Much scientific research occurs at Kew and aids in global conservation. One of the main projects by Kew is their Millenium Seed Bank Partnership which is working to save those plant species risking or near risking extinction. Currently 60,000-100,000 plants are facing extinction (source: Kew.Org) so this partnership to preserve and maintain these species is vitally important and is one of the benefits of Kew research. Society should support Kew because of work like this, which is helping to save seed species worldwide, if critical plants become extinct it affects our air, our food, and the livelihoods of nearly all people worldwide. The Kew website notes the importance of the plants they work to save each day quite nicely by noting, “We need plants, because plants are useful. Plants provide the air we breathe, they provide clean water, fuel, building materials, fibres, resins and we all rely on plants for food.” Kew also understands that a key part of climate change and conservation is maintaining plant diversity and they work towards this in many locations worldwide. Plant diversity not only helps remove carbon dioxide from the atmosphere but can also help by negating the negative effects such as deforestation and extinction of other non-plant species. This commitment to plant diversity is seen in the vast array of exhibits at Kew garden demonstrating the impressive varieties of healthy plants Kew has at their gardens and how they are working to maintain this diversity in their other locations around the world, such as the colorful plants seen in the “Tropical Extravaganza” exhibit. The long-term benefits of the science at Kew are increased and healthier plant and bio diversity, a reduction in the negative effects of climate change, and the prevention of species extinction. The short term benefits are education and conservation both on a community level and at their various sites around the world and through the information available on their website and at their enormous on-site library.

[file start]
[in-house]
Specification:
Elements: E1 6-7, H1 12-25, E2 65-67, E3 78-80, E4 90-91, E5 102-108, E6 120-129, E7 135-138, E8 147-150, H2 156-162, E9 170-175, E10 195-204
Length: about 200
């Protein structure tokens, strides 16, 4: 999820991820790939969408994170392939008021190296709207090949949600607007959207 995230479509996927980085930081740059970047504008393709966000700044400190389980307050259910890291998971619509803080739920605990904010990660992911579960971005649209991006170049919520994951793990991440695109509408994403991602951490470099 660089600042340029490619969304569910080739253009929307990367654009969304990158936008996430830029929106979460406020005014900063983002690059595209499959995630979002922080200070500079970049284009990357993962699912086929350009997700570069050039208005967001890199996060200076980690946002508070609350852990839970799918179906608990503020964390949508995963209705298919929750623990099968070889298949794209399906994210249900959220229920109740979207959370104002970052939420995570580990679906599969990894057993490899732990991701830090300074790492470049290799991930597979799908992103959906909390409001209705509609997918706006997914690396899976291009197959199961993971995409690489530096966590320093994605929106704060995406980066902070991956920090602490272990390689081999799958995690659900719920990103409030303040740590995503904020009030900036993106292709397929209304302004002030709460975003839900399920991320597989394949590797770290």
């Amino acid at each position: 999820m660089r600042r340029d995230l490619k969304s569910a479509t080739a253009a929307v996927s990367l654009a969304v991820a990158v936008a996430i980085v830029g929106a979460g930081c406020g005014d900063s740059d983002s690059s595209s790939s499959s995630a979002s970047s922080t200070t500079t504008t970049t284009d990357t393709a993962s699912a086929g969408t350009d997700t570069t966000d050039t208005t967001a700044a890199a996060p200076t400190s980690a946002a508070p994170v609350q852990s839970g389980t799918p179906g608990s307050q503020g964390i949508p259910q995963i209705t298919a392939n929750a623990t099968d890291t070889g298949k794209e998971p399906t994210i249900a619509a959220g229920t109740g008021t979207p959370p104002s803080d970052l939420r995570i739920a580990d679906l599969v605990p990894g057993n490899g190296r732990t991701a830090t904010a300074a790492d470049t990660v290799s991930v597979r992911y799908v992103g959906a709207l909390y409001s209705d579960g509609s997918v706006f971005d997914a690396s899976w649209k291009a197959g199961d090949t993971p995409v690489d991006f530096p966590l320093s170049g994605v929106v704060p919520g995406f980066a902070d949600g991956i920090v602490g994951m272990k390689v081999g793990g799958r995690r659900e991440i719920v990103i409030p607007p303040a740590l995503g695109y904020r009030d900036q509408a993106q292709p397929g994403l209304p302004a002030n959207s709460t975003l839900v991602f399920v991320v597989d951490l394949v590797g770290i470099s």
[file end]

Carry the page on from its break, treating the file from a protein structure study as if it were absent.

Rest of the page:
Reflections on Climate Change